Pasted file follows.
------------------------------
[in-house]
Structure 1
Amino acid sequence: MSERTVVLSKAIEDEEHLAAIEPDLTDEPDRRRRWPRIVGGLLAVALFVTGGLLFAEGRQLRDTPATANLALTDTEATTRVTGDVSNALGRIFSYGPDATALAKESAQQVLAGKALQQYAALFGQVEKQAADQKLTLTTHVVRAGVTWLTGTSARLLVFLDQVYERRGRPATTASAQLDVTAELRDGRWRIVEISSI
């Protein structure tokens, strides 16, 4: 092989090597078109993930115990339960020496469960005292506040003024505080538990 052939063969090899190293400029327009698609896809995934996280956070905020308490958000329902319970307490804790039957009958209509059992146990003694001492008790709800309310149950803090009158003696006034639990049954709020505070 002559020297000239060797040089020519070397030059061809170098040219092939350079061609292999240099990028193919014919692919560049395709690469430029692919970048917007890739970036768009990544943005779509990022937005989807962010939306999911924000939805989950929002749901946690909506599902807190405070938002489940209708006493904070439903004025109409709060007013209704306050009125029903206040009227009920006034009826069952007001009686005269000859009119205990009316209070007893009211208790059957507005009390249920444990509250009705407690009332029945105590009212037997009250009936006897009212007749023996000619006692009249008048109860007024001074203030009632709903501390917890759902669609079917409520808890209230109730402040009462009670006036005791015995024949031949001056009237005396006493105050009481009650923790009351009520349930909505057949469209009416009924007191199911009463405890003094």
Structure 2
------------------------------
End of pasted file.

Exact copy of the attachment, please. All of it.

[in-house]
Structure 1
Amino acid sequence: MSERTVVLSKAIEDEEHLAAIEPDLTDEPDRRRRWPRIVGGLLAVALFVTGGLLFAEGRQLRDTPATANLALTDTEATTRVTGDVSNALGRIFSYGPDATALAKESAQQVLAGKALQQYAALFGQVEKQAADQKLTLTTHVVRAGVTWLTGTSARLLVFLDQVYERRGRPATTASAQLDVTAELRDGRWRIVEISSI
């Protein structure tokens, strides 16, 4: 092989090597078109993930115990339960020496469960005292506040003024505080538990 052939063969090899190293400029327009698609896809995934996280956070905020308490958000329902319970307490804790039957009958209509059992146990003694001492008790709800309310149950803090009158003696006034639990049954709020505070 002559020297000239060797040089020519070397030059061809170098040219092939350079061609292999240099990028193919014919692919560049395709690469430029692919970048917007890739970036768009990544943005779509990022937005989807962010939306999911924000939805989950929002749901946690909506599902807190405070938002489940209708006493904070439903004025109409709060007013209704306050009125029903206040009227009920006034009826069952007001009686005269000859009119205990009316209070007893009211208790059957507005009390249920444990509250009705407690009332029945105590009212037997009250009936006897009212007749023996000619006692009249008048109860007024001074203030009632709903501390917890759902669609079917409520808890209230109730402040009462009670006036005791015995024949031949001056009237005396006493105050009481009650923790009351009520349930909505057949469209009416009924007191199911009463405890003094």
Structure 2